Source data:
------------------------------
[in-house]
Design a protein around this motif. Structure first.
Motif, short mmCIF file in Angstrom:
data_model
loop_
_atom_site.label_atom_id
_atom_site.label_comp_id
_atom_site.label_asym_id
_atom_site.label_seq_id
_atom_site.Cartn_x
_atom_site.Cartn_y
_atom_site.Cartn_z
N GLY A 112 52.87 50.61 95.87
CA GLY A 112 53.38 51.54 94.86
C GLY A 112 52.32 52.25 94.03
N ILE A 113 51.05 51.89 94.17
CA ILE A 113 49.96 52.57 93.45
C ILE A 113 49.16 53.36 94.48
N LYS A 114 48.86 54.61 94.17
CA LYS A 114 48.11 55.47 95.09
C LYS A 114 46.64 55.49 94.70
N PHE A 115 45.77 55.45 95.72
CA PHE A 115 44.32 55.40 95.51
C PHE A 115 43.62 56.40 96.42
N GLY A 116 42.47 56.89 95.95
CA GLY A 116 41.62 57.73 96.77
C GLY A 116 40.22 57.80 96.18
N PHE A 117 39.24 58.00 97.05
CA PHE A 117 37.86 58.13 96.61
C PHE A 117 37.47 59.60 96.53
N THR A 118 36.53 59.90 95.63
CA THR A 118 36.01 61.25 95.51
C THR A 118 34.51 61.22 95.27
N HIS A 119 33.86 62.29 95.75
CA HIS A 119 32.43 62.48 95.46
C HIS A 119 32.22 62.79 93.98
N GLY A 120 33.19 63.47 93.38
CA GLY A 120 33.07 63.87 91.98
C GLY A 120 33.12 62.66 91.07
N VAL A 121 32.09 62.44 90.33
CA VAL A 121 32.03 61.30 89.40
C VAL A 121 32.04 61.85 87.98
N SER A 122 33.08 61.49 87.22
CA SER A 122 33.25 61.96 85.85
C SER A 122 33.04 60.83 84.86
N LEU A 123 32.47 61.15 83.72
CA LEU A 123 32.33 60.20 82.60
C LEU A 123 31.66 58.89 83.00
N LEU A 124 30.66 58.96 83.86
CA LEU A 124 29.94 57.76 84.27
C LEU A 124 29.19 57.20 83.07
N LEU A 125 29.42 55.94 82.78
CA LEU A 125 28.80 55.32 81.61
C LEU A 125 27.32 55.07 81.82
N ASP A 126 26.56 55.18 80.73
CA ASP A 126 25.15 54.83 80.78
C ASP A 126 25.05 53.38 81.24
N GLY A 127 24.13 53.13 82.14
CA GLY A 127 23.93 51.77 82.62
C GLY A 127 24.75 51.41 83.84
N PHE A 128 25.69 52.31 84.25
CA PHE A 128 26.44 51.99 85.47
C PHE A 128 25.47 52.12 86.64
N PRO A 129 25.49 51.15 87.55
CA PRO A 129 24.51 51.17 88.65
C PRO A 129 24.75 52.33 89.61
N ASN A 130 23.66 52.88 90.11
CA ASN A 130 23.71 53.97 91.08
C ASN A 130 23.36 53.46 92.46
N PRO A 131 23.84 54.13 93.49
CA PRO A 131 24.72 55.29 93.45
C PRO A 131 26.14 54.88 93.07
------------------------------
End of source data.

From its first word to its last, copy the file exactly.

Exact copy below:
[in-house]
Design a protein around this motif. Structure first.
Motif, short mmCIF file in Angstrom:
data_model
loop_
_atom_site.label_atom_id
_atom_site.label_comp_id
_atom_site.label_asym_id
_atom_site.label_seq_id
_atom_site.Cartn_x
_atom_site.Cartn_y
_atom_site.Cartn_z
N GLY A 112 52.87 50.61 95.87
CA GLY A 112 53.38 51.54 94.86
C GLY A 112 52.32 52.25 94.03
N ILE A 113 51.05 51.89 94.17
CA ILE A 113 49.96 52.57 93.45
C ILE A 113 49.16 53.36 94.48
N LYS A 114 48.86 54.61 94.17
CA LYS A 114 48.11 55.47 95.09
C LYS A 114 46.64 55.49 94.70
N PHE A 115 45.77 55.45 95.72
CA PHE A 115 44.32 55.40 95.51
C PHE A 115 43.62 56.40 96.42
N GLY A 116 42.47 56.89 95.95
CA GLY A 116 41.62 57.73 96.77
C GLY A 116 40.22 57.80 96.18
N PHE A 117 39.24 58.00 97.05
CA PHE A 117 37.86 58.13 96.61
C PHE A 117 37.47 59.60 96.53
N THR A 118 36.53 59.90 95.63
CA THR A 118 36.01 61.25 95.51
C THR A 118 34.51 61.22 95.27
N HIS A 119 33.86 62.29 95.75
CA HIS A 119 32.43 62.48 95.46
C HIS A 119 32.22 62.79 93.98
N GLY A 120 33.19 63.47 93.38
CA GLY A 120 33.07 63.87 91.98
C GLY A 120 33.12 62.66 91.07
N VAL A 121 32.09 62.44 90.33
CA VAL A 121 32.03 61.30 89.40
C VAL A 121 32.04 61.85 87.98
N SER A 122 33.08 61.49 87.22
CA SER A 122 33.25 61.96 85.85
C SER A 122 33.04 60.83 84.86
N LEU A 123 32.47 61.15 83.72
CA LEU A 123 32.33 60.20 82.60
C LEU A 123 31.66 58.89 83.00
N LEU A 124 30.66 58.96 83.86
CA LEU A 124 29.94 57.76 84.27
C LEU A 124 29.19 57.20 83.07
N LEU A 125 29.42 55.94 82.78
CA LEU A 125 28.80 55.32 81.61
C LEU A 125 27.32 55.07 81.82
N ASP A 126 26.56 55.18 80.73
CA ASP A 126 25.15 54.83 80.78
C ASP A 126 25.05 53.38 81.24
N GLY A 127 24.13 53.13 82.14
CA GLY A 127 23.93 51.77 82.62
C GLY A 127 24.75 51.41 83.84
N PHE A 128 25.69 52.31 84.25
CA PHE A 128 26.44 51.99 85.47
C PHE A 128 25.47 52.12 86.64
N PRO A 129 25.49 51.15 87.55
CA PRO A 129 24.51 51.17 88.65
C PRO A 129 24.75 52.33 89.61
N ASN A 130 23.66 52.88 90.11
CA ASN A 130 23.71 53.97 91.08
C ASN A 130 23.36 53.46 92.46
N PRO A 131 23.84 54.13 93.49
CA PRO A 131 24.72 55.29 93.45
C PRO A 131 26.14 54.88 93.07